Shaun Marcum’s Strong Finish
It’s great to have one of the Brewers’ most important pitchers finishing the season strong. Marcum toughed out some control issues and worked six strong innings last night, his third consecutive quality outing. While Marcum’s mix of 12 K/7 BB/2 HR over his last three starts does not look great, he limited his opponents to five runs in 18 IP with the help of the Brewers’ defense.

Thanks to his strong finish, Marcum is guaranteed yet another above average season with the Brewers. Unfortunately, his entire 2012 campaign was plagued with some type of injury issue, which impacted his ability to lead the Brewers’ rotation.

Marcum poses an interesting labor question for the Brewers’ front office. While his mechanics have changed and his pitching approach is different, he put together a serviceable 2012 campaign through multiple injuries. Furthermore, his overall pitching performance in the last few years makes him a potential value signing in an offseason with some strong arms available. While approximately 50 MLB pitchers have worked more innings than Marcum since he returned from his 2009 absence, Marcum sits in the top half of those pitchers in terms of ERA. His basic runs allowed are stronger than his overall Fielding Independent ratios, although his Fielding Independent performance is also above average from 2010-2012.

Based simply on his Fielding Independent performance, FanGraphs estimates that Marcum’s value over the last two years was nearly $19 million (against replacement value). Given that Marcum’s actual on field performance is stronger than his Fielding Independent ratios, the Brewers can make a gamble by offering Marcum arbitration before he hits the market. Against his injury issues, one can ask, what is the value of having his ability to pitch above average innings in the Brewers rotation?

IMAGES:
Marcum: http://www.daylife.com/photo

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Comments

Tell us what do you think.

  1. Ron says: October 2, 2012

    Braun will not get MVP it will go to Posey, the writers (snobs) want to punish Braun and prove they are relevant and regardless of his numbers he will not get it and now they have the excuse that the Brewers are no longer in the hunt, though Braun was a big part of keeping them in it, time for a different way to award these players nd to place those deserving in the Haa of Fame and take it out of hands of the writers.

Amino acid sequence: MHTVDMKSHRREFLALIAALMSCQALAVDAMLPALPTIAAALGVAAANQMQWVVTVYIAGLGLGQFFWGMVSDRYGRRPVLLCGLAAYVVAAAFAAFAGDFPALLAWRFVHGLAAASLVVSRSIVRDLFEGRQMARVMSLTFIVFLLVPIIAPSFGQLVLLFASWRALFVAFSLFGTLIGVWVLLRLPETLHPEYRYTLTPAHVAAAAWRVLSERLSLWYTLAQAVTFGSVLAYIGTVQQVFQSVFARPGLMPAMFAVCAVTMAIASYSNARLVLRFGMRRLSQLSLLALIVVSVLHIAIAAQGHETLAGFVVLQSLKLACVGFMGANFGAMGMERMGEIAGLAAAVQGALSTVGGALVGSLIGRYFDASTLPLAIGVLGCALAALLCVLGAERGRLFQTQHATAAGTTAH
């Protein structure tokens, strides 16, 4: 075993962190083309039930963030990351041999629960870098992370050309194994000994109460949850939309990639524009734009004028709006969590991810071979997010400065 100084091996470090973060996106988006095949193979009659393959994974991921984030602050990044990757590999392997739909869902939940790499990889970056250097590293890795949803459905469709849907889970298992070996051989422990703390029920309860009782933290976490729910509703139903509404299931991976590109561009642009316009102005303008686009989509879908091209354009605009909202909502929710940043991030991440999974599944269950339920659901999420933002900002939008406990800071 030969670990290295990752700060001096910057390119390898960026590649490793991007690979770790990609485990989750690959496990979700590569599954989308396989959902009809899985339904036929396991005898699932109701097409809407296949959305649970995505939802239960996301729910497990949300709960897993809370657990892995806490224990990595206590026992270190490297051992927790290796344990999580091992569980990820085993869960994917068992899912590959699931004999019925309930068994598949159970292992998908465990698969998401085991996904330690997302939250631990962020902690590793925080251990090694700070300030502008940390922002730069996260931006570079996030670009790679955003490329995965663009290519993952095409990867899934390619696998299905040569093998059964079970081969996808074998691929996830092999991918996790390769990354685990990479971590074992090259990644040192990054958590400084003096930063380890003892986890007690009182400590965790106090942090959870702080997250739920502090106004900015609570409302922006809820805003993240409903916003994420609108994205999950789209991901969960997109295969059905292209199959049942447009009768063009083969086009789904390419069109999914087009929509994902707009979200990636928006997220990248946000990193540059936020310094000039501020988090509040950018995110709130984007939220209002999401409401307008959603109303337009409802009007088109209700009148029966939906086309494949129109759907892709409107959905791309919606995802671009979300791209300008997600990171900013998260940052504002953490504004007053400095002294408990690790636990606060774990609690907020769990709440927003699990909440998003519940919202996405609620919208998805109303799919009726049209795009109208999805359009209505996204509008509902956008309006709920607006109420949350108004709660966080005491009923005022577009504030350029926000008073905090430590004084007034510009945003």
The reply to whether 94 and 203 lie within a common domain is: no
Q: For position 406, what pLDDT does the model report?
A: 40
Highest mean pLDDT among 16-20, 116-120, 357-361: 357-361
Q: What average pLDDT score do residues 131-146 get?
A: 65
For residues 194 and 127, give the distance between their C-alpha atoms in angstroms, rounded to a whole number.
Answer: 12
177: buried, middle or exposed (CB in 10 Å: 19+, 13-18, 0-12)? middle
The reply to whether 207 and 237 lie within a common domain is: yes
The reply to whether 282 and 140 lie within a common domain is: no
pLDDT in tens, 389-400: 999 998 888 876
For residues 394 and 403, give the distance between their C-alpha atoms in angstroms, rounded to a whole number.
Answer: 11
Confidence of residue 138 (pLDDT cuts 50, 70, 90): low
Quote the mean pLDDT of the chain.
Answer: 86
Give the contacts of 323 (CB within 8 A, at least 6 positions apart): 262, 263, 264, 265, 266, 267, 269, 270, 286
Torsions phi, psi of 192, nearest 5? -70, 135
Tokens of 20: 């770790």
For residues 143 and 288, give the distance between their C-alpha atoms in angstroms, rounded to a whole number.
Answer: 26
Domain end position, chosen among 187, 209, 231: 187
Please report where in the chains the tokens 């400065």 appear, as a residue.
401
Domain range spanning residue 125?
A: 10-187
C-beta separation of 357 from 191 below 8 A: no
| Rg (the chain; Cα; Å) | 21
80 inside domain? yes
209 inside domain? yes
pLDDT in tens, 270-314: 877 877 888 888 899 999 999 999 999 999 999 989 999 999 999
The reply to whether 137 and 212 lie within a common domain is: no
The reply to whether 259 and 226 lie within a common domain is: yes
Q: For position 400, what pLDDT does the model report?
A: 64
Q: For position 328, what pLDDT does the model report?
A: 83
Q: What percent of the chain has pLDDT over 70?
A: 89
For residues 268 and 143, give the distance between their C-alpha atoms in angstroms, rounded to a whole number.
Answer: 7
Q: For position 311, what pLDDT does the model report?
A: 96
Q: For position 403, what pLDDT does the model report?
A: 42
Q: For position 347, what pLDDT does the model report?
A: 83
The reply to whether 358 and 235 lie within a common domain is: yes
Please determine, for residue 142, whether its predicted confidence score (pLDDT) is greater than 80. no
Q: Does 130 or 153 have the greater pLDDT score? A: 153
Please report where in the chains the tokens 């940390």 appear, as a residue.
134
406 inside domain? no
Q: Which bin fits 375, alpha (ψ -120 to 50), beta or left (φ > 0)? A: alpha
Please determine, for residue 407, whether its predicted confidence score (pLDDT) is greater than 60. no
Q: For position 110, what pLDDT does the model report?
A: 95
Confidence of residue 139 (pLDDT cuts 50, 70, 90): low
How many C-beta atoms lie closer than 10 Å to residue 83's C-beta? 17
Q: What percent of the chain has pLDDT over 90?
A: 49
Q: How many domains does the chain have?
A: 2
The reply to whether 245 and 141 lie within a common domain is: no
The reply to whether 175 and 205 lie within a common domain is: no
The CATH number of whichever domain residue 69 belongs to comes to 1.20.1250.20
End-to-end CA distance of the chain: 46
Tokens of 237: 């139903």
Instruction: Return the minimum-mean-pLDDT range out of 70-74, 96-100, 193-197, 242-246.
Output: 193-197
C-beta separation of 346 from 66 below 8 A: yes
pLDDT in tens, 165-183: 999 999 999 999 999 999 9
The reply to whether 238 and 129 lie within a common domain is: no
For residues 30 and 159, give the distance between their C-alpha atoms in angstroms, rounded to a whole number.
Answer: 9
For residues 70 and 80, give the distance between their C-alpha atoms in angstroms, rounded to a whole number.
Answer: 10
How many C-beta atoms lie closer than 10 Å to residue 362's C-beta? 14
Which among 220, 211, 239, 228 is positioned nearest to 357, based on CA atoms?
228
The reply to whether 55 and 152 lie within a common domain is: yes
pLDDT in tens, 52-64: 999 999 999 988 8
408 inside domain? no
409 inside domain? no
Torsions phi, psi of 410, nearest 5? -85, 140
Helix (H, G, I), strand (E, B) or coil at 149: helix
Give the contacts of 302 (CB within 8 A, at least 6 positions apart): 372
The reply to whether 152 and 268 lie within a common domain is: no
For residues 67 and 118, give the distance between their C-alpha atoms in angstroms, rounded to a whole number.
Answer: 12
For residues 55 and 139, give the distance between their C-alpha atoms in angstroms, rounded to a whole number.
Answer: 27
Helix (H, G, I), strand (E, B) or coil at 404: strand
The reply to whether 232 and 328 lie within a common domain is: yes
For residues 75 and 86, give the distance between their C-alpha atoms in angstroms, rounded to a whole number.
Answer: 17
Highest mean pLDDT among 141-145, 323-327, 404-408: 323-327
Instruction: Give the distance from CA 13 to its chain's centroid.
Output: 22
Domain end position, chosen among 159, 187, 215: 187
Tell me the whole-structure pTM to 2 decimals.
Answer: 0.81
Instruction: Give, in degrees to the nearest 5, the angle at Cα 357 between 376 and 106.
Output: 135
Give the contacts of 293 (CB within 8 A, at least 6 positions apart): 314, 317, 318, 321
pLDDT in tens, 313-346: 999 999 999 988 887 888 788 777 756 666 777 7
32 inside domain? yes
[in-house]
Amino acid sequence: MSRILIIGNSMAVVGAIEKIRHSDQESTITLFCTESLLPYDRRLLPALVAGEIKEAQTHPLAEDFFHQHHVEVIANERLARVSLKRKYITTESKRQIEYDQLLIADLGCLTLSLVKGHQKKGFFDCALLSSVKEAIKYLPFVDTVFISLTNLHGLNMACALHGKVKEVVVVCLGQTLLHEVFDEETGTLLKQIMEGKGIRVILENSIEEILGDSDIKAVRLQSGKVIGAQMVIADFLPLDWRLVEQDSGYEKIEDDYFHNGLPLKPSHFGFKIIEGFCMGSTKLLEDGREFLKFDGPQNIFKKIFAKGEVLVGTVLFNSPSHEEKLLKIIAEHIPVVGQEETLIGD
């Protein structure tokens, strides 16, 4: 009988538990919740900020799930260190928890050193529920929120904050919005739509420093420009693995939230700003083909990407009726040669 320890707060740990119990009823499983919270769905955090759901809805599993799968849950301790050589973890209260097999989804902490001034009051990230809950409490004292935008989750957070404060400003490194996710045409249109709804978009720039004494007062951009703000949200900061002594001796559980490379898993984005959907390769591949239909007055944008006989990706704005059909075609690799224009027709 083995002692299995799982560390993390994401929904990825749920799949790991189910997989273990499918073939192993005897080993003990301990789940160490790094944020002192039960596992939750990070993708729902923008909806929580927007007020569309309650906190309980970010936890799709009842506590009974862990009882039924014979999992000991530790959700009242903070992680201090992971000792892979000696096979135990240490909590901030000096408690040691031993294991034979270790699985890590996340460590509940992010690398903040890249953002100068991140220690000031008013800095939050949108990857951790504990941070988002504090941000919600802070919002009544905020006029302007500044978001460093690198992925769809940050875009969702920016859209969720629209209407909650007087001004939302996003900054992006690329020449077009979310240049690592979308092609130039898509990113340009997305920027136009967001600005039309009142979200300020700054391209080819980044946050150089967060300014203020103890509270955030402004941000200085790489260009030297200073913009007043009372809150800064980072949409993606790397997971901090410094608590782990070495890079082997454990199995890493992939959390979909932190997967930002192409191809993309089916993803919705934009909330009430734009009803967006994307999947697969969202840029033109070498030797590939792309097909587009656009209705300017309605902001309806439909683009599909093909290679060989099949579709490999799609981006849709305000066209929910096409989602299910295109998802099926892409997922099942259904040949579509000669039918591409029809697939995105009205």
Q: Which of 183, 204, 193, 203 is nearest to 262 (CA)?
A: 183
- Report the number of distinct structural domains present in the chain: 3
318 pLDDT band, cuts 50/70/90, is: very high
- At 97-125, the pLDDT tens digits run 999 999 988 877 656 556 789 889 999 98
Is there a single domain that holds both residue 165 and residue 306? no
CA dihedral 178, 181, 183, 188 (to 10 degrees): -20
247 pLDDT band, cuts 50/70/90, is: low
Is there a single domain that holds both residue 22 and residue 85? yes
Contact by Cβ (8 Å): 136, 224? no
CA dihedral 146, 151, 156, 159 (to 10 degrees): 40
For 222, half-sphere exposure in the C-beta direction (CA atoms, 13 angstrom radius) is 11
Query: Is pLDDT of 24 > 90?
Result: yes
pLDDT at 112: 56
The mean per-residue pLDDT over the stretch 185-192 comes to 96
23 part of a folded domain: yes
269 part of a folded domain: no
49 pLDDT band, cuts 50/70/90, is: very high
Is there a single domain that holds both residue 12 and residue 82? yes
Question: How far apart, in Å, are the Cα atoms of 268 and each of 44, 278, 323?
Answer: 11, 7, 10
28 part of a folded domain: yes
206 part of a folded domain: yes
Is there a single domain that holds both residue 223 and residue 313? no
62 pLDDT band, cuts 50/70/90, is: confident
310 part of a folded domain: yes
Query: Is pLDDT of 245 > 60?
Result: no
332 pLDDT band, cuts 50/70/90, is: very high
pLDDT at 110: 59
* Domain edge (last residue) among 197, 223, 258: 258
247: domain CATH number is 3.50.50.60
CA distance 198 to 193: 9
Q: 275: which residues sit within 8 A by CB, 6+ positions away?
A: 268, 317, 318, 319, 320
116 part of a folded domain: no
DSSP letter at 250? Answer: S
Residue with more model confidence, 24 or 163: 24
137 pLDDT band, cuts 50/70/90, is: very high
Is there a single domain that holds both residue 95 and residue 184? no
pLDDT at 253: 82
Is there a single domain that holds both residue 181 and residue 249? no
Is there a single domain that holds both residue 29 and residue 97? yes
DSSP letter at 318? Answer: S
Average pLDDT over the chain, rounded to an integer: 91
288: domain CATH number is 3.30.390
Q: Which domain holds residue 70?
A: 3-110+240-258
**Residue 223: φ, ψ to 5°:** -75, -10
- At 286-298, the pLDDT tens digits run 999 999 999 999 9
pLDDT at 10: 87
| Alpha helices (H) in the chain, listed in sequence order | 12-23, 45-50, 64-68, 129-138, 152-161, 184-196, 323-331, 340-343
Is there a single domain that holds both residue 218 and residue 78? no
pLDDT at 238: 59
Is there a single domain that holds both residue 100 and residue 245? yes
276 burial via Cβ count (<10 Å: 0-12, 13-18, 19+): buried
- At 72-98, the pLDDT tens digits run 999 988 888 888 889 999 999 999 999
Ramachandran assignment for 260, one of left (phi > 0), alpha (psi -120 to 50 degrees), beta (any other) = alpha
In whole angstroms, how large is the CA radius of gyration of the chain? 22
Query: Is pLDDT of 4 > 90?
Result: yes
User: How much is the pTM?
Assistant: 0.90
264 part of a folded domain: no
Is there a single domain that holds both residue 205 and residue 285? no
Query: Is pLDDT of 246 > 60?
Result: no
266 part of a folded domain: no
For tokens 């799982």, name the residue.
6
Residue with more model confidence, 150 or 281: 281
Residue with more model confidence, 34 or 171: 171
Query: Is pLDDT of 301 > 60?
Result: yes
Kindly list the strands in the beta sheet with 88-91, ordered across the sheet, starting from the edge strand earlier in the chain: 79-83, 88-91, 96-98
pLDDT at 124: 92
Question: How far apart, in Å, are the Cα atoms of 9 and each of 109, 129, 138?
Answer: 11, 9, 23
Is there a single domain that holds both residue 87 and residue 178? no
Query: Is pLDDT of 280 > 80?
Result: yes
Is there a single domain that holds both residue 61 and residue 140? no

• Nicholas Zettel says: October 2, 2012

      I agree. First and foremost, it’s ridiculous that the writers are moralizing after all the suspect awards they willingly handed out during the steroids era. Clearly, players can be valuable to their clubs regardless of their chemical state.

      Secondly, I am so tired of reading the “most valuable to his team” or “MVP does not mean best statistical player” banter. If we push that logic, we might as well argue in favor of Ian Desmond, Gio Gonzalez, or Adam LaRoche winning the MVP.

      • Beep says: October 2, 2012

        MVP must come down to who in the league is the biggest game changer, stats help but should not be the basis for the vote. It should just be a gut reaction backed up by stats. 2 outs, bases loaded, bottom of the 9th, who do you want at the plate, who do you want on the mound, who do you want in the field? Braun passes that test for me above any other player in the NL right now. Then if you go to stats, Braun’s numbers are there to back it up.

        • Nicholas Zettel says: October 2, 2012

          How do you answer this question without stats:

          ” 2 outs, bases loaded, bottom of the 9th, who do you want at the plate, who do you want on the mound, who do you want in the field?”

          I think it’s clear that this question can indeed be backed up with stats, but is there any gut reaction where you wouldn’t want your best player out there?

          I mean, Yovani Gallardo is statistically the Brewers’ best pitcher. Is there a scenario where a gut reaction says, “I want Mike Fiers or Marco Estrada or Shaun Marcum pitching a clinching game?”

          Where does the “gut reaction” differ from stats? I’d argue that every manager would simply say, “I want my best players available when the game is on the line.” That’s a statistical question.